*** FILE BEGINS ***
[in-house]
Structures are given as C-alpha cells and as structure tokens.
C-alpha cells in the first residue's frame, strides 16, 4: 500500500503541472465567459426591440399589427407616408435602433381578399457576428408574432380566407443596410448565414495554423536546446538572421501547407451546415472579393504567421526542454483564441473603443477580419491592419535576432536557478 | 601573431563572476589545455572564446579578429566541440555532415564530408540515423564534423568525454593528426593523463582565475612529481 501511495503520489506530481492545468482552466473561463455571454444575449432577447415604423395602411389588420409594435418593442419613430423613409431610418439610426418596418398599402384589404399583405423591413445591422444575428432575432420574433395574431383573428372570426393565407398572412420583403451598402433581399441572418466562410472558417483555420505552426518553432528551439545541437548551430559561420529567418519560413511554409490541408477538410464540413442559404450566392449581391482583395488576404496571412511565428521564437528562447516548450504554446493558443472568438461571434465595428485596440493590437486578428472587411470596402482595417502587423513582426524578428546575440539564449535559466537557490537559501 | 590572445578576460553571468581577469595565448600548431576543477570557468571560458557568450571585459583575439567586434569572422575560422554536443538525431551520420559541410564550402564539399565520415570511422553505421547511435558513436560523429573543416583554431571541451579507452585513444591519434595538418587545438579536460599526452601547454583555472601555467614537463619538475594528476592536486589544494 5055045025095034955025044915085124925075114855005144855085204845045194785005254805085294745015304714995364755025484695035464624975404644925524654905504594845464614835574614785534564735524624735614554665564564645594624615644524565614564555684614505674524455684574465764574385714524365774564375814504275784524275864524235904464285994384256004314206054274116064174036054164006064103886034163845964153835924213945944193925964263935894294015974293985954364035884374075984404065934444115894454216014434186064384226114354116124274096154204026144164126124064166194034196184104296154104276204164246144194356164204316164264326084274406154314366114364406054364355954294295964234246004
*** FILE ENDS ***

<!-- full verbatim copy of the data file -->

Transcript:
[in-house]
Structures are given as C-alpha cells and as structure tokens.
C-alpha cells in the first residue's frame, strides 16, 4: 500500500503541472465567459426591440399589427407616408435602433381578399457576428408574432380566407443596410448565414495554423536546446538572421501547407451546415472579393504567421526542454483564441473603443477580419491592419535576432536557478 | 601573431563572476589545455572564446579578429566541440555532415564530408540515423564534423568525454593528426593523463582565475612529481 501511495503520489506530481492545468482552466473561463455571454444575449432577447415604423395602411389588420409594435418593442419613430423613409431610418439610426418596418398599402384589404399583405423591413445591422444575428432575432420574433395574431383573428372570426393565407398572412420583403451598402433581399441572418466562410472558417483555420505552426518553432528551439545541437548551430559561420529567418519560413511554409490541408477538410464540413442559404450566392449581391482583395488576404496571412511565428521564437528562447516548450504554446493558443472568438461571434465595428485596440493590437486578428472587411470596402482595417502587423513582426524578428546575440539564449535559466537557490537559501 | 590572445578576460553571468581577469595565448600548431576543477570557468571560458557568450571585459583575439567586434569572422575560422554536443538525431551520420559541410564550402564539399565520415570511422553505421547511435558513436560523429573543416583554431571541451579507452585513444591519434595538418587545438579536460599526452601547454583555472601555467614537463619538475594528476592536486589544494 5055045025095034955025044915085124925075114855005144855085204845045194785005254805085294745015304714995364755025484695035464624975404644925524654905504594845464614835574614785534564735524624735614554665564564645594624615644524565614564555684614505674524455684574465764574385714524365774564375814504275784524275864524235904464285994384256004314206054274116064174036054164006064103886034163845964153835924213945944193925964263935894294015974293985954364035884374075984404065934444115894454216014434186064384226114354116124274096154204026144164126124064166194034196184104296154104276204164246144194356164204316164264326084274406154314366114364406054364355954294295964234246004